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How to read Q2 GDP data

GS Paper 3

Syllabus: Indian economy and related issues


Source: IE

 Direction: This is an explained article from the Indian Express. The article explains basic concepts of the economy like GDP, GVA and their relationship.


Context: The Ministry of Statistics and Programme Implementation released India’s economic growth data for the second quarter (July-Sept – Q2) of the current fiscal year (FY 2022-23).


Key highlights of the data:

  • India’s gross domestic product (GDP) grew by3% year on year in Q2, slower than in 2021.
  • The gross value added (GVA) has grown by 6% year on year in Q2, against 8.3% in 2021.
  • Output growth in India’s 8 core sectors (Electricity, Steel, Refinery products, Crude oil, Coal, Cement, Natural gas, and Fertilisers) slowed drastically to 0.1% in October 2022, down from 7.8% the previous month.


Key economic concepts and how recent data shows them:


  • It is a monetary measure of all final products and services produced in a country over a certain period.
  • It measures national income by calculating the economy’s overall “demand.”
  • 4 key engines of GDP growth: The GDP is calculated by adding total expenditures in the economy with respect to –
    • Private Final Consumption Expenditure (PFCE): The biggest engine of growth, which contributes over 55% of India’s total GDP.
    • Government Final Consumption Expenditure (GFCE): Just 10-11% of GDP.
    • Gross Fixed Capital Expenditure: 33% of the total
    • Net Exports (Exports minus imports)


GVA: It derives the same national income from the supply side by summing up all the value added (the value of output minus the value of its intermediary inputs) across various sectors.

 Relationship between GDP and GVA:

  • GDP = (GVA) + (Taxes earned by the government) — (Subsidies provided by the government).
    • If taxes exceed the subsidies provided, GDP will be higher than GVA. For example, for Q2, the GDP (at Rs 38,16,578 crore) is much higher than the GVA (which is at Rs 35,05,599 crore).
  • By examining GVA growth, one may determine which sectors of the economy are doing well and which are struggling.
  • Though GDP is produced from GVA data, GDP data is more relevant when looking at annual economic growth and comparing a country’s growth to that of the past or another country.


Takeaways from the recently released data:

  • Since the pandemic, the economy has recovered, but the manufacturing sector’s contraction (by 4.3%) has put doubt on future demand, as the sector has a great potential for job creation and can absorb excess farm labour.
  • Agriculture (together with forestry and fishing) has performed better than projected, rising at a 4.6% annual rate.
  • Private consumption expenditure is the most important driver of GDP growth, incentivizing businesses to make new investments.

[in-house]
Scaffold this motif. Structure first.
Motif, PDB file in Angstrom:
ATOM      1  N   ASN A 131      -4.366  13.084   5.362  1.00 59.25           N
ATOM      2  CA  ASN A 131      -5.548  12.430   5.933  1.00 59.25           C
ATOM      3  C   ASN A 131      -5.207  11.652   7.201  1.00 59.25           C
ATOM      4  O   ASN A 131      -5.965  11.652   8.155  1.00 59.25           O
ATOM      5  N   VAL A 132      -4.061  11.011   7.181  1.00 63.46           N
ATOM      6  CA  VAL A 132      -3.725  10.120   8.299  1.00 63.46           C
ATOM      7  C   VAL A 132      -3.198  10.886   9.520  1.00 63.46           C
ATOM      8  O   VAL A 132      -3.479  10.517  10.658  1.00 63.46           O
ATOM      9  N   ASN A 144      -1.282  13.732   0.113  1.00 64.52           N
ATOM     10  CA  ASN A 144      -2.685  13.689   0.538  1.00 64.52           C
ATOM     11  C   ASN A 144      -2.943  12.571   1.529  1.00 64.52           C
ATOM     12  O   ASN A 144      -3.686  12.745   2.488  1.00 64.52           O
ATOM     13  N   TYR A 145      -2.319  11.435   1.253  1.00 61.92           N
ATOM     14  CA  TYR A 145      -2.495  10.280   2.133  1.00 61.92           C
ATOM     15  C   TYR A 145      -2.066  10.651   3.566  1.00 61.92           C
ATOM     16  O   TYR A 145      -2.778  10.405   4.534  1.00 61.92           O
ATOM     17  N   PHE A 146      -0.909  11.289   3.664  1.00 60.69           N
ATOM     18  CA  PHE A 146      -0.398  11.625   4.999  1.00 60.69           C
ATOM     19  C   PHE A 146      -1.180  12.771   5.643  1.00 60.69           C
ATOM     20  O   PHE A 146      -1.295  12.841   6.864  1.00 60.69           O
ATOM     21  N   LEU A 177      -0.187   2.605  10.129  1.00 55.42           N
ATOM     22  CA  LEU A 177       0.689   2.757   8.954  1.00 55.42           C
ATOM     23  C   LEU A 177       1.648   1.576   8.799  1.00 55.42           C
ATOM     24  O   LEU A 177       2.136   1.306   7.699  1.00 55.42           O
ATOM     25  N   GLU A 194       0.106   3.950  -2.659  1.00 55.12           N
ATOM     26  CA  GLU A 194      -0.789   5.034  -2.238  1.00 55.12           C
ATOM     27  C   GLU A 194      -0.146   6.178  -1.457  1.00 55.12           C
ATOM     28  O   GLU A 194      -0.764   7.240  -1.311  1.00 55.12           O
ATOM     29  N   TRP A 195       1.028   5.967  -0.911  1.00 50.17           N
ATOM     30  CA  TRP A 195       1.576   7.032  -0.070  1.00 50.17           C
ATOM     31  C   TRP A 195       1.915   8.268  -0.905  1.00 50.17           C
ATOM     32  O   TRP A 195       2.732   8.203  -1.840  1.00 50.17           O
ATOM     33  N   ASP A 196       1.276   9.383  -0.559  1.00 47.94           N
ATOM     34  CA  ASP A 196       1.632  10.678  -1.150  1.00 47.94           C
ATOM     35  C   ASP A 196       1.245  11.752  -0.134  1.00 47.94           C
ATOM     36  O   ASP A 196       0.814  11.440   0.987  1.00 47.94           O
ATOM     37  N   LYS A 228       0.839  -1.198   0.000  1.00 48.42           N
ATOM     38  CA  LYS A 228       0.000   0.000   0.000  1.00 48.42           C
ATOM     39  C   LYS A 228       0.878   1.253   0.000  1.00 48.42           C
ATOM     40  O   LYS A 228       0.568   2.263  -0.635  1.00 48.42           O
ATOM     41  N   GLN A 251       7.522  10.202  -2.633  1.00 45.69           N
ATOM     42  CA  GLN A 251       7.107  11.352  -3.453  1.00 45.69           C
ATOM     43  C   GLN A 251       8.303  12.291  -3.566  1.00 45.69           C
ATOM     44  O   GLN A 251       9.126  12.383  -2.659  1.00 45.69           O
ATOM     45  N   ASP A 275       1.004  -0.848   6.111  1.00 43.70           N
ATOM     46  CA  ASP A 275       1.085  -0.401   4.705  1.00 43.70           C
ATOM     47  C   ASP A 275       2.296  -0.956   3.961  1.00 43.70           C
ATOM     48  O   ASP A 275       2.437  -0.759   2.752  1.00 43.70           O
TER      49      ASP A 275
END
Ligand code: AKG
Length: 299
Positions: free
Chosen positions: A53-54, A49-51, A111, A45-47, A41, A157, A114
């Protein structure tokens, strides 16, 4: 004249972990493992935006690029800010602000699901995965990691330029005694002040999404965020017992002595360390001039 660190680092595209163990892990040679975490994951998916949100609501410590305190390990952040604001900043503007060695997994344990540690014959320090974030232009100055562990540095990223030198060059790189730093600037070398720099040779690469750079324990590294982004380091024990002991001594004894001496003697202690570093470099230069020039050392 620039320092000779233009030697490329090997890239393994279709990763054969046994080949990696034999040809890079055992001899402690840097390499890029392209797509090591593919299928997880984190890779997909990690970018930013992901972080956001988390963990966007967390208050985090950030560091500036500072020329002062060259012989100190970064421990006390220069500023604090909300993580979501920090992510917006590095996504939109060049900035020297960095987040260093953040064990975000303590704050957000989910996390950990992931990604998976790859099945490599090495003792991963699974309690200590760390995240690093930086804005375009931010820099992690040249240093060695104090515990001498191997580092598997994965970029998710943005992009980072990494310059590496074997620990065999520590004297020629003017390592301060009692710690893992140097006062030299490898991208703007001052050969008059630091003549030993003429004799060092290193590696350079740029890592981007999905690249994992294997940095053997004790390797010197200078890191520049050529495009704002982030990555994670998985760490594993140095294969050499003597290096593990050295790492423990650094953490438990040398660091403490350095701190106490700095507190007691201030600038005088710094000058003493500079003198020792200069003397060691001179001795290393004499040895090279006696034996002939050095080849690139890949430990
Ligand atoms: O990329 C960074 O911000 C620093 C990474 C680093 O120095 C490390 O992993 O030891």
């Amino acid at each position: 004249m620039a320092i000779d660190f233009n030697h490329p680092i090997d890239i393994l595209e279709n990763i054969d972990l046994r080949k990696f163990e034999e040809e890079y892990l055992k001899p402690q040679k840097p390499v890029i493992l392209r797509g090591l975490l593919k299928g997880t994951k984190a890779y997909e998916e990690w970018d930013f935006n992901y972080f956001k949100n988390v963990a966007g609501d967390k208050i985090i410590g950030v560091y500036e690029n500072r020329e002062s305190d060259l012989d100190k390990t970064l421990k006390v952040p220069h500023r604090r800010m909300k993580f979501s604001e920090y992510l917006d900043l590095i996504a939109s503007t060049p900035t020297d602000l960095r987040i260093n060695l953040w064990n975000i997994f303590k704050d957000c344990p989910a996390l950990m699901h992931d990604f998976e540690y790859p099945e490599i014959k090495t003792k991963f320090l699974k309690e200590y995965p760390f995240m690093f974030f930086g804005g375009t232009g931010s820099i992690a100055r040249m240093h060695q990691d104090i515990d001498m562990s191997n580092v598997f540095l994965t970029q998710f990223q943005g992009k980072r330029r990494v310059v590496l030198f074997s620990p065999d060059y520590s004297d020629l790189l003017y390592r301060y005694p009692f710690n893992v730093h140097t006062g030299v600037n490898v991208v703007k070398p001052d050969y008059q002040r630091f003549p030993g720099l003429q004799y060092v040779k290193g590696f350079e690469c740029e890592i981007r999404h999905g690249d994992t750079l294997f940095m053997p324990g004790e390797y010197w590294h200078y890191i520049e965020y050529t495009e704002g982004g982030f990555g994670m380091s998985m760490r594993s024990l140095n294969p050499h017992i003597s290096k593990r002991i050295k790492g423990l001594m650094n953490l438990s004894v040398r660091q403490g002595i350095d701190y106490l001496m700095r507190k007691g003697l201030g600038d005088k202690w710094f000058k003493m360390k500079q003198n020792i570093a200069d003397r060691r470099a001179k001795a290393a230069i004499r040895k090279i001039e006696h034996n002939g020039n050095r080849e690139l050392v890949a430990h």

• The biggest surprise is the decrease in government final consumption expenditures, which can boost an economy when consumers and businesses reduce spending.


Future challenges: Higher interest rates and no significant increase in demand, along with a slowing global economy, may create challenges in the current fiscal year.


Insta Links:

Whose GDP is it anyway?


Mains Links:

Q. What is Gross Domestic Product (GDP)? Examine the limitations pertaining to GDP as an economic performance measurement framework of the country. (250 words)


Prelims Links:

Consider the following statements:

  1. Nominal GDP is calculated in a way such that the goods and services are evaluated at some constant set of prices.
  2. If the Real GDP changes, it implies that the volume of production is undergoing changes.
  3. The ratio of nominal GDP to real GDP gives us an idea of how the prices have moved from the base year to the current year.

Which of the above statements is/are correct?

a) 1, 2

b) 1, 3

c) 2, 3

d) 1, 2, 3

Solution: c)

  • In order to compare the GDP figures (and other macroeconomic variables) of different countries or to compare the GDP figures of the same country at different points in time, we cannot rely on GDPs evaluated at current market prices. For comparison, we take the help of real GDP. Real GDP is calculated in a way such that the goods and services are evaluated at some constant set of prices (or constant prices).
  • Since these prices remain fixed, if the Real GDP changes, we can be sure that it is the volume of production which is undergoing changes. Nominal GDP, on the other hand, is simply the value of GDP at the current prevailing prices.
  • Notice that the ratio of nominal GDP to real GDP gives us an idea of how the prices have moved from the base year (the year whose prices are being used to calculate the real GDP) to the current year.
  • The ratio of nominal to real GDP is a well-known index of prices. This is called GDP Deflator.